Besides the fact that Pesaleidja gained an app to help their cats find more homes more quickly, we think this project was a huge success for our company. There were many wins:

We learned from it

You can swipe profile, chat with cats, submit a adoption application or donate in the app.

Three of our native Android developers learned React Native, which is often used by web developers, not app developers. We now have more team members with that skill set, and our clients now have access to a team with greater capabilities.

One of our iOS developers tried building backend for a change. He used Swift, which was an interesting experience not only for him but for Mooncascade, too—it helped us confirm that Swift backend can be quite good, and we’ll now consider using it in future projects as well.

As mentioned, the project’s designer and product manager were given free reign to create a product from scratch. Their goal was to create the best user experience possible, which ideally involves user testing. We often tell our clients to do more of this and avoid investing on a hunch, but this time we got a taste of our own medicine: we learned that it’s not always easy to drop everything and organize a testing session. Luckily, the audience for a cat app isn’t too specific, so showing it to our friends and family and noting their reactions gave us valuable input, close to what we would have learned from doing things in a proper testing environment.

“Developing an app for cats while learning a new technology was a fun and truly refreshing experience.”

Jakob, Developer

We had fun!

Example of the problems we had – trying to choose which cat is cuter.

Vaba Saba was probably the most fun project we’ve ever worked on. Everything about it was just so cute. Even the bugs we found were funny. “Cats seem to fall asleep on the keyboard while they’re typing. When I return to the chat, the cat is still typing” and “Which cat is cuter for the Play Store screenshot, Leopold or Marten?” were both real problems we had to solve. Our team even got a “Best friends fur-ever” sweatshirt and a cat piñata to celebrate with once the app was released.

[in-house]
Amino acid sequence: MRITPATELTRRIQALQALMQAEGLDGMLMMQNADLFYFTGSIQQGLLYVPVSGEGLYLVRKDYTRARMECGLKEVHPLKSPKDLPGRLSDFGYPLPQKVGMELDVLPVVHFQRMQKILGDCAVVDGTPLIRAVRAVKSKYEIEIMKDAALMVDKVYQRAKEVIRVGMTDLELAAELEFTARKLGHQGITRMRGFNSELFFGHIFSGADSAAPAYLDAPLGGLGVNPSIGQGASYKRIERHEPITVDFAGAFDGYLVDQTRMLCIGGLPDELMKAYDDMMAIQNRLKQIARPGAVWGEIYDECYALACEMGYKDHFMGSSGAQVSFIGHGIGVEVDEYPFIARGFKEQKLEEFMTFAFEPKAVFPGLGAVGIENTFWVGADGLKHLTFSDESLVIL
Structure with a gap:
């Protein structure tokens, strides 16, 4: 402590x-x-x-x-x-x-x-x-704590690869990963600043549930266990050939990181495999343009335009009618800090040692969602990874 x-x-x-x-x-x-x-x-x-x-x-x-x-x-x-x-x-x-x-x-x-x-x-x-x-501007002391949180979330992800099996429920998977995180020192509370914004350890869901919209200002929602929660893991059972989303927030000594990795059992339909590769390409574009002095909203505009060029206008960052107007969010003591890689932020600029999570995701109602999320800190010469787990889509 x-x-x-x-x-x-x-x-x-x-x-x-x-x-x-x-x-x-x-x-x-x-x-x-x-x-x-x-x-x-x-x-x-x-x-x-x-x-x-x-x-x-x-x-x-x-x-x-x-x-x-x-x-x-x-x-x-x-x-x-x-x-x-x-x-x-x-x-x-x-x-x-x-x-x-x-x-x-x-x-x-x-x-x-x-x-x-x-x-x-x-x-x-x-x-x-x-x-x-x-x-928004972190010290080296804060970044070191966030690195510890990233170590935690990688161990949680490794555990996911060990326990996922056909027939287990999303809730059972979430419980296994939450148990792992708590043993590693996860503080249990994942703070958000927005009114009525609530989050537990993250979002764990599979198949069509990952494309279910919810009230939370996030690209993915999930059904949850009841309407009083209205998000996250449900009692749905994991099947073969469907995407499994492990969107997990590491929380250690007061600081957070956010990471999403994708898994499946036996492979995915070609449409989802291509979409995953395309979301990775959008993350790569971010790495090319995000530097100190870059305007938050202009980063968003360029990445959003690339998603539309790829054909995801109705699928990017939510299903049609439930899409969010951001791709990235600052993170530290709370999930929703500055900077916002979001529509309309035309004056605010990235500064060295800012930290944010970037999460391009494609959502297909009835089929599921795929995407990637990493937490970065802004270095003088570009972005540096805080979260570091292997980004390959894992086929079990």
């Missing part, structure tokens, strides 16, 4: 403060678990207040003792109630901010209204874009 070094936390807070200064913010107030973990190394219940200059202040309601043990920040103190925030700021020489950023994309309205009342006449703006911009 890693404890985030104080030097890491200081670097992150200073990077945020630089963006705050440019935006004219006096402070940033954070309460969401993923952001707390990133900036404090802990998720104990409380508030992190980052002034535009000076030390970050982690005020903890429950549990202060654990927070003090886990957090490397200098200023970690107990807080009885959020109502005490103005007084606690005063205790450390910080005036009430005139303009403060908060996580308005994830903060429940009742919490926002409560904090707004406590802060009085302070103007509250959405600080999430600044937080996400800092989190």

“Helping our furry friends and discovering new technologies—what could be better?”

– Sander, Developer

It was a “purrfect” project

Happy team at the app launch event – matching sweaters, meow soundtrack and a piñata

If you’ve ever worked on a software development project before, you know that dirty tricks are sometimes needed to make things happen, that no one wants to pay for refactoring, and that there’s usually a partner, client, or developer who finds a way to screw up your beautiful plans. This time we were able to do everything properly. The code was so beautiful that the developers wanted to print it out and hang it on their bedroom walls. Of course there were a couple of issues we had to accept, like not all cat profiles and images being optimized for the app. Or that some cats look more presentable than others. But overall, this was so close to a perfect project that we couldn’t help but feel proud as the cat piñata exploded when the app went live.

“This project gave me the reputation of being the office’s resident crazy cat lady. I love it, now I can wear a headband with cat ears around the office and nobody even blinks an eye!”

Karin, Project Manager

Sounds like a company you’d like to work in?

We are always looking for like-minded and passionate people to join our fast-growing team. If you want to work with amazing colleagues, have fun and build exciting mobile and web products for international clients, then have a look at available positions and let us know about you.

Published by Karin Sarv

Karin is a Product Manager at Mooncascade. Helping our clients to build digital products, her playground is at the intersection of technology, business and UX. Karin is certain, that caring for the end-user helps to make great decisions about tech and business as well.